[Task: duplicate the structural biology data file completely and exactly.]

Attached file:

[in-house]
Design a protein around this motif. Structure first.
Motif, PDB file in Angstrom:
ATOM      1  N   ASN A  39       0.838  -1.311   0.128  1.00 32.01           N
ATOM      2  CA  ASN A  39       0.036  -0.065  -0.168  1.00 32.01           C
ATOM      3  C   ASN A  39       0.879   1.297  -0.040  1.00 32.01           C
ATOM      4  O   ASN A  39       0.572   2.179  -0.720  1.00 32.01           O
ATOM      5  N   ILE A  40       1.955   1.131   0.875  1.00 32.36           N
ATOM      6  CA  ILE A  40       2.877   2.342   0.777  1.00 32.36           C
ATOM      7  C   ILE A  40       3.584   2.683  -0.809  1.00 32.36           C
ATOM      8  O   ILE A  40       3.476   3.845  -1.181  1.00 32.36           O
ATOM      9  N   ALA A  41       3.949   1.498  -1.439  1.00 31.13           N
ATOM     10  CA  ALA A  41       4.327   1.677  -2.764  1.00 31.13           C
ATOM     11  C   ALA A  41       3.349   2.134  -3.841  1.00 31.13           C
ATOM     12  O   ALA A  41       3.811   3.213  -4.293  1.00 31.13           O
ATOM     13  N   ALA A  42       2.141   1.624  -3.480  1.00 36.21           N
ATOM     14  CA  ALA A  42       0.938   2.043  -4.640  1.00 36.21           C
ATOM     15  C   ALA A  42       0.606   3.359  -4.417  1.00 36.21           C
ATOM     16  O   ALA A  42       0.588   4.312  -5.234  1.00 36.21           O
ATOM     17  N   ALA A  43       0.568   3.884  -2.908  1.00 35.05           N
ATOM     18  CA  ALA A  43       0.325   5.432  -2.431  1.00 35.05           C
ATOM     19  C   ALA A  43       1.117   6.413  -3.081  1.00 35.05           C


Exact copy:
[in-house]
Design a protein around this motif. Structure first.
Motif, PDB file in Angstrom:
ATOM      1  N   ASN A  39       0.838  -1.311   0.128  1.00 32.01           N
ATOM      2  CA  ASN A  39       0.036  -0.065  -0.168  1.00 32.01           C
ATOM      3  C   ASN A  39       0.879   1.297  -0.040  1.00 32.01           C
ATOM      4  O   ASN A  39       0.572   2.179  -0.720  1.00 32.01           O
ATOM      5  N   ILE A  40       1.955   1.131   0.875  1.00 32.36           N
ATOM      6  CA  ILE A  40       2.877   2.342   0.777  1.00 32.36           C
ATOM      7  C   ILE A  40       3.584   2.683  -0.809  1.00 32.36           C
ATOM      8  O   ILE A  40       3.476   3.845  -1.181  1.00 32.36           O
ATOM      9  N   ALA A  41       3.949   1.498  -1.439  1.00 31.13           N
ATOM     10  CA  ALA A  41       4.327   1.677  -2.764  1.00 31.13           C
ATOM     11  C   ALA A  41       3.349   2.134  -3.841  1.00 31.13           C
ATOM     12  O   ALA A  41       3.811   3.213  -4.293  1.00 31.13           O
ATOM     13  N   ALA A  42       2.141   1.624  -3.480  1.00 36.21           N
ATOM     14  CA  ALA A  42       0.938   2.043  -4.640  1.00 36.21           C
ATOM     15  C   ALA A  42       0.606   3.359  -4.417  1.00 36.21           C
ATOM     16  O   ALA A  42       0.588   4.312  -5.234  1.00 36.21           O
ATOM     17  N   ALA A  43       0.568   3.884  -2.908  1.00 35.05           N
ATOM     18  CA  ALA A  43       0.325   5.432  -2.431  1.00 35.05           C
ATOM     19  C   ALA A  43       1.117   6.413  -3.081  1.00 35.05           C